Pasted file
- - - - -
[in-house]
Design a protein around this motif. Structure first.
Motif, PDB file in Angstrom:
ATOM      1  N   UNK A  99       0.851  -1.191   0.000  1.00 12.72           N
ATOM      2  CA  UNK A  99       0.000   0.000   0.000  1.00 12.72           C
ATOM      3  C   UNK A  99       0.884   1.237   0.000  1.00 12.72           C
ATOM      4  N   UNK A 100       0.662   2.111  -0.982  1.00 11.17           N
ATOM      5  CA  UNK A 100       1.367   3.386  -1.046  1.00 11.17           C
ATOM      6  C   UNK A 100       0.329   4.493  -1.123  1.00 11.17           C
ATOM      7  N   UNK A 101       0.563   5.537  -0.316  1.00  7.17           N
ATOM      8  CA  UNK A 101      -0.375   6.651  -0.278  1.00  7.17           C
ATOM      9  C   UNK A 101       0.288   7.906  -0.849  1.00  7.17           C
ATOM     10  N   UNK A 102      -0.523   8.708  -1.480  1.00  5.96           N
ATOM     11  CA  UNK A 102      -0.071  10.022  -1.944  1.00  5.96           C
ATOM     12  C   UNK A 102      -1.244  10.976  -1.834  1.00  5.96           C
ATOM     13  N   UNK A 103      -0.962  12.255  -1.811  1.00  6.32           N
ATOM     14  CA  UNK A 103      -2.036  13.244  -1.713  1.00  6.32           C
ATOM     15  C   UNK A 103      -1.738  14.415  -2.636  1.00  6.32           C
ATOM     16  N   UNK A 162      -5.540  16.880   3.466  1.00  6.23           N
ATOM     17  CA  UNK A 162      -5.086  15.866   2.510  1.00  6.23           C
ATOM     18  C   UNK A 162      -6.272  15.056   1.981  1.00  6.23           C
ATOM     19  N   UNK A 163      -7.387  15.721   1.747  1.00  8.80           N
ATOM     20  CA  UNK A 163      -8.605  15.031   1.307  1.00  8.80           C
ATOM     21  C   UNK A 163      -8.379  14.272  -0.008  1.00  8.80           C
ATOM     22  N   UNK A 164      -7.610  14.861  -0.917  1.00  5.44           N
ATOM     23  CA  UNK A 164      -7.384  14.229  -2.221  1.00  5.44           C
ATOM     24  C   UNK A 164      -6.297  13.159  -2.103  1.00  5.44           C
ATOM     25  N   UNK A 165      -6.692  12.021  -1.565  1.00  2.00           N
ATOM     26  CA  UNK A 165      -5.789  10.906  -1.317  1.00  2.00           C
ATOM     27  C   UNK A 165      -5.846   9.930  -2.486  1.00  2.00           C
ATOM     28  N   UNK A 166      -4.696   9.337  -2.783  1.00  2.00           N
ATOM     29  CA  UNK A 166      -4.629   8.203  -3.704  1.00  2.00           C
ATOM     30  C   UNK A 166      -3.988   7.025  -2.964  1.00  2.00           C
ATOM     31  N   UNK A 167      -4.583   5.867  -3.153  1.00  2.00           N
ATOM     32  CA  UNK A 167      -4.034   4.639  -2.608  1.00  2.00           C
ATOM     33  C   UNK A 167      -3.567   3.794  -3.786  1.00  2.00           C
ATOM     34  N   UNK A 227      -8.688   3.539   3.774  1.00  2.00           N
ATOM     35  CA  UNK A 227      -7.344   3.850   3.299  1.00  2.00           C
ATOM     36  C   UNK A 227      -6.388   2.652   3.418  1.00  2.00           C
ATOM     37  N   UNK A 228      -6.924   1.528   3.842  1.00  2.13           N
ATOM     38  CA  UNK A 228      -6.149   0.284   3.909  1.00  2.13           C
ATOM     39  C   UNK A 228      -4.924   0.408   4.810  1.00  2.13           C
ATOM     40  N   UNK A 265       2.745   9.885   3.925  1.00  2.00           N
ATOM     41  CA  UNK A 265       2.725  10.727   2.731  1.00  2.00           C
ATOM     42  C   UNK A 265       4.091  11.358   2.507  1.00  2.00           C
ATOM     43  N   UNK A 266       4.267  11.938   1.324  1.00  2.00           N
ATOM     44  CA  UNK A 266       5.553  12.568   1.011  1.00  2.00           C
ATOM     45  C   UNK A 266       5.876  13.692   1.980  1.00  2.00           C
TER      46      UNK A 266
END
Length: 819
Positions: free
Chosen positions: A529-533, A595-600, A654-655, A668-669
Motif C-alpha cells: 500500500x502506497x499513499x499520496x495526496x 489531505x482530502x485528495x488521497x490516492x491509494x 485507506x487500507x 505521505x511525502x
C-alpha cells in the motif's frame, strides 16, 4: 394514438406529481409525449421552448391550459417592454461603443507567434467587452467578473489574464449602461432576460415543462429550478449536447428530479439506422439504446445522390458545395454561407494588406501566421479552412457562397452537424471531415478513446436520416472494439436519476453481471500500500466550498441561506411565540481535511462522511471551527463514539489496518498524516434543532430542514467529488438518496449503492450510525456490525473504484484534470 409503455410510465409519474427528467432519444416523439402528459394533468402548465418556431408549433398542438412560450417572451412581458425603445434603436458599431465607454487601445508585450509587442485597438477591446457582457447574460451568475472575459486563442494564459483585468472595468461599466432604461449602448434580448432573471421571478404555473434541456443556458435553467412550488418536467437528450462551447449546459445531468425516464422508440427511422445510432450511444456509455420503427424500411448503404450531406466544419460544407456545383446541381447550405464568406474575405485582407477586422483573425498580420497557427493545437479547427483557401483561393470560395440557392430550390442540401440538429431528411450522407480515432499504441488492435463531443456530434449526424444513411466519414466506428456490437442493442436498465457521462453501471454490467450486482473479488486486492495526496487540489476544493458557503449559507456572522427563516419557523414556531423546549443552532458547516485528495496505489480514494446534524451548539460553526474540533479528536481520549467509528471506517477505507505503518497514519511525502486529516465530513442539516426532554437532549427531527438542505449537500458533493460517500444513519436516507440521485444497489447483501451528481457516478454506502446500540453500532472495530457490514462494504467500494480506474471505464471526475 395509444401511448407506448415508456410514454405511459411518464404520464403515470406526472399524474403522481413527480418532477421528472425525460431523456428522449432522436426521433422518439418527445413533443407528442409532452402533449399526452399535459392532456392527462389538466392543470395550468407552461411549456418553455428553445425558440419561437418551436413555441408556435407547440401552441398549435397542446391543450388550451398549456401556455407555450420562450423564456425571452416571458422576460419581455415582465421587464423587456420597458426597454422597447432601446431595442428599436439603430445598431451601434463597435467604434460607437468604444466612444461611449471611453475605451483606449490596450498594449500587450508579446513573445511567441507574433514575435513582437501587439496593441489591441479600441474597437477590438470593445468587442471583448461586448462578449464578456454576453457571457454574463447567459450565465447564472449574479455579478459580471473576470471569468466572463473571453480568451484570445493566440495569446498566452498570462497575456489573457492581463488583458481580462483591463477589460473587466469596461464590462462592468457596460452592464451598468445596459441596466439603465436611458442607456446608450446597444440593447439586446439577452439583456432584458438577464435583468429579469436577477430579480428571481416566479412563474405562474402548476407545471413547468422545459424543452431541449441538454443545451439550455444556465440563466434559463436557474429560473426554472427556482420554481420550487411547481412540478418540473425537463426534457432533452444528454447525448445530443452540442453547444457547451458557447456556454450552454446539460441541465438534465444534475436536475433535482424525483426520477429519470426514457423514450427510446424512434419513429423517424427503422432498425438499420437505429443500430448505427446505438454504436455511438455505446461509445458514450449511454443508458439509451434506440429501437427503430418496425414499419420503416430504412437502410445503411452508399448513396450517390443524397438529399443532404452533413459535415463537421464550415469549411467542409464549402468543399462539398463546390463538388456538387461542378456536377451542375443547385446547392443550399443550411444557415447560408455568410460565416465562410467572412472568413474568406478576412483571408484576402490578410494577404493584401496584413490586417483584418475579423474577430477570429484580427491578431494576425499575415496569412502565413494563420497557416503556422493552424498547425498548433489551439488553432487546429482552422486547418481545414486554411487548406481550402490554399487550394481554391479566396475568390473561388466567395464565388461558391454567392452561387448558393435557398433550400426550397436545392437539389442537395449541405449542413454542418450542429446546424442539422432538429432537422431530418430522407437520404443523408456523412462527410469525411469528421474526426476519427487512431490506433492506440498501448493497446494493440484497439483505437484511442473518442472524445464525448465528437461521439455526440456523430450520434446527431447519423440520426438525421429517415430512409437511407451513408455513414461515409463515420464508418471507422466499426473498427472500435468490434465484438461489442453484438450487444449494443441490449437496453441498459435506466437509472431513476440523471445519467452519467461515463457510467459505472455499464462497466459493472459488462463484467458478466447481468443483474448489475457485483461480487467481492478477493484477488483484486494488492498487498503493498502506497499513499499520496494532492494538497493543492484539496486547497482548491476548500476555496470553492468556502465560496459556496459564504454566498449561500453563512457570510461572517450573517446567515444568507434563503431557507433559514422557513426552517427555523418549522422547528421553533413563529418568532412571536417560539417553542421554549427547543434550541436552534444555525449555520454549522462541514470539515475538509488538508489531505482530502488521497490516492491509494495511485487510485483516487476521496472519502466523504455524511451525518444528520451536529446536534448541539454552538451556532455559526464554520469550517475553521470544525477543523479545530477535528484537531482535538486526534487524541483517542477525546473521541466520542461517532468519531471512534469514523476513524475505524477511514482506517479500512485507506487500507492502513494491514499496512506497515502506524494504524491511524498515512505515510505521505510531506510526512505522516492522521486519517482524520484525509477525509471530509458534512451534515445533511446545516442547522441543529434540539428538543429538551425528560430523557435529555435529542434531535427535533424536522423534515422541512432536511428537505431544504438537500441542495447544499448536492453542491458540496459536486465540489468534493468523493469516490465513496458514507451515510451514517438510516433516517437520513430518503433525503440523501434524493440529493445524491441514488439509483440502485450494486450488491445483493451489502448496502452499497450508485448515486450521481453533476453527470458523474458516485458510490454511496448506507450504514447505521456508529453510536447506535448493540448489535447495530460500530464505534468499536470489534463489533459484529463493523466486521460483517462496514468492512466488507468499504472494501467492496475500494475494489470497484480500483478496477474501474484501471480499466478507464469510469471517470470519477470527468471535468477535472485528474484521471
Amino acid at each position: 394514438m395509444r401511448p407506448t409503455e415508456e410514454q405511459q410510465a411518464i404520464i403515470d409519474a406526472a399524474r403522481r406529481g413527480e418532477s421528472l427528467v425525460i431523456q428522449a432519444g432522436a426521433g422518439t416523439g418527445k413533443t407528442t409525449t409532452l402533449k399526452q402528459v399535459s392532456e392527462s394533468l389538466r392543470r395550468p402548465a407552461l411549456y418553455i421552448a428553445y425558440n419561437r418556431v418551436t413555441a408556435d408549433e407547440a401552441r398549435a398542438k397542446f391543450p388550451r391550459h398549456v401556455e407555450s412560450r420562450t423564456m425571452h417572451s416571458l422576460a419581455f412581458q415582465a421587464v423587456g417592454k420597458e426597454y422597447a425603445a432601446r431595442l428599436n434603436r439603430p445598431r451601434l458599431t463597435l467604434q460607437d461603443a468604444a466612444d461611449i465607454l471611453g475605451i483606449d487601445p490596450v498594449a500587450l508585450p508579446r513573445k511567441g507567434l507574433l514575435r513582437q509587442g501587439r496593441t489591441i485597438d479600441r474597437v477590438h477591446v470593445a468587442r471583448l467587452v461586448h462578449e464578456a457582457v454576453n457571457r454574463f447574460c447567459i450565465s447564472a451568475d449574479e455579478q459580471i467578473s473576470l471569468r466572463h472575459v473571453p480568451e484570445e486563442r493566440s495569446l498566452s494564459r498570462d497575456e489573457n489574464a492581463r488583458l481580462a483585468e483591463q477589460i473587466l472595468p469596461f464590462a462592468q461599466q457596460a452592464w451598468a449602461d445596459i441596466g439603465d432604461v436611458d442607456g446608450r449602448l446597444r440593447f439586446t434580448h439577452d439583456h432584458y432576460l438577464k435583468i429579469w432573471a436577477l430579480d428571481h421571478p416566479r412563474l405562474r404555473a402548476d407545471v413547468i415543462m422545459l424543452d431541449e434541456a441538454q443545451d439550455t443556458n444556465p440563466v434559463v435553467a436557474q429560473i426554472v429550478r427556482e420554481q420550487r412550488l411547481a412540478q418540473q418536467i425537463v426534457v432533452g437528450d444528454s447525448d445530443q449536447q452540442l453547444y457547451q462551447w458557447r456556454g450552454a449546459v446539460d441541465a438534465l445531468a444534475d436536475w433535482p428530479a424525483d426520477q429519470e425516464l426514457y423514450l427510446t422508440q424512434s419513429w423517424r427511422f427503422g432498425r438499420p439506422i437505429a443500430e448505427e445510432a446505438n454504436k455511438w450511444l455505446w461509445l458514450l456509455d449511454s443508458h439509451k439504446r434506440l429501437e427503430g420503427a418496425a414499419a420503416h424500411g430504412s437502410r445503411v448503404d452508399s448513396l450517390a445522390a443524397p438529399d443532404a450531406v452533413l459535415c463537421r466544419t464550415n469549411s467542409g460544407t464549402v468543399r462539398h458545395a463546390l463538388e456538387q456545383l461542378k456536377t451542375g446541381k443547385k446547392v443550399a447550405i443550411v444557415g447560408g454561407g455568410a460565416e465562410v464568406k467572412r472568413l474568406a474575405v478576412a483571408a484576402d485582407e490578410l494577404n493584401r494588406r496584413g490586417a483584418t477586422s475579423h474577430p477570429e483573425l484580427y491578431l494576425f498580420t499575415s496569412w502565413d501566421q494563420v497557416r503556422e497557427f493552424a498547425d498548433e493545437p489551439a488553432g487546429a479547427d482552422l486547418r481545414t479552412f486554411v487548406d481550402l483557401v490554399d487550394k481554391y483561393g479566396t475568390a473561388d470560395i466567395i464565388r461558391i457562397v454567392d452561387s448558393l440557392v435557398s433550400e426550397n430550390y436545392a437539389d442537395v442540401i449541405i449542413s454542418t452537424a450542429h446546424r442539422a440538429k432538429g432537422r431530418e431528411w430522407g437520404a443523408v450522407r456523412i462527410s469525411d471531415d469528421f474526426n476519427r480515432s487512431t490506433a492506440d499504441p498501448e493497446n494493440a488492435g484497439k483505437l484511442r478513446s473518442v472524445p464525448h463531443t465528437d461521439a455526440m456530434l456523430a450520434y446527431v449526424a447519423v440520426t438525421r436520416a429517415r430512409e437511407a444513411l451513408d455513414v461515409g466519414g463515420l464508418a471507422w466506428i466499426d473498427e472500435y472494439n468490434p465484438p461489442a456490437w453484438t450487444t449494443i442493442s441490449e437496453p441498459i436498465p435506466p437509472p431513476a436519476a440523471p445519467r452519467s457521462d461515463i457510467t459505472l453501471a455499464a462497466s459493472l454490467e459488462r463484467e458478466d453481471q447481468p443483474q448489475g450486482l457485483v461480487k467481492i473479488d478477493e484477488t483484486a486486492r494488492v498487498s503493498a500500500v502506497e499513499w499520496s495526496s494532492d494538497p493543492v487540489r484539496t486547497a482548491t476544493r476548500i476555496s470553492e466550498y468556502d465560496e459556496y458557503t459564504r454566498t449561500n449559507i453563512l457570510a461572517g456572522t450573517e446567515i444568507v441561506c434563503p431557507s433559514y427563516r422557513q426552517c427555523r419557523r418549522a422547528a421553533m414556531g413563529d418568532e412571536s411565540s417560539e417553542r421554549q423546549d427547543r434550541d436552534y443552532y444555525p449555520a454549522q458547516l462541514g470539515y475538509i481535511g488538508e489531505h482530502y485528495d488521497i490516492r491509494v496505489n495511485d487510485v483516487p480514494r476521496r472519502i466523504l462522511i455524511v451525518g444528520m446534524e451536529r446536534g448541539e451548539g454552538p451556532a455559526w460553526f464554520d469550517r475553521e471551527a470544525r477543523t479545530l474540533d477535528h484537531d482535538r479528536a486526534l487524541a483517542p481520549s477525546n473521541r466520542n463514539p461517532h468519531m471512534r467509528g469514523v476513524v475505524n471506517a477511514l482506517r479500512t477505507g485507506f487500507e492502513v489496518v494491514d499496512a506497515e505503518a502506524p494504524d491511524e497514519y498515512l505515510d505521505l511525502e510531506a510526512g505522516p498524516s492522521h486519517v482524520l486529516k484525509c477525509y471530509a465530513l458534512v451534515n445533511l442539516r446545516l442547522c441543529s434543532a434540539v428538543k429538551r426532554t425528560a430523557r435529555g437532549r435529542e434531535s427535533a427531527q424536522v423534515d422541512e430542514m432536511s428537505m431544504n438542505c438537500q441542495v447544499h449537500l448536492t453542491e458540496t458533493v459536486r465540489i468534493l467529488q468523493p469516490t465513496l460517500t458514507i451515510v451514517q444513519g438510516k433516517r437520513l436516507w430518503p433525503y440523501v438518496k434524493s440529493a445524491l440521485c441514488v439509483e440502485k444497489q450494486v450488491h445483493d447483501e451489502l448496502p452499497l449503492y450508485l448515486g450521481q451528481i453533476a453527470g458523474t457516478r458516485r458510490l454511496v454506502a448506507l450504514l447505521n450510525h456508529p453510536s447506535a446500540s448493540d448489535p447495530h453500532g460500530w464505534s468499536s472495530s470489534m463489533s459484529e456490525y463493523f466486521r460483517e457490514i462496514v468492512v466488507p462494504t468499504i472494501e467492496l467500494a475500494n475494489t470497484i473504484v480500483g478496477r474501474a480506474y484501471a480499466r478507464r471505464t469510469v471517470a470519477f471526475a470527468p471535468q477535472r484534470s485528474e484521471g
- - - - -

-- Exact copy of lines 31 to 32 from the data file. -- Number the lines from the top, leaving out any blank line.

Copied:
ATOM     28  N   UNK A 166      -4.696   9.337  -2.783  1.00  2.00           N
ATOM     29  CA  UNK A 166      -4.629   8.203  -3.704  1.00  2.00           C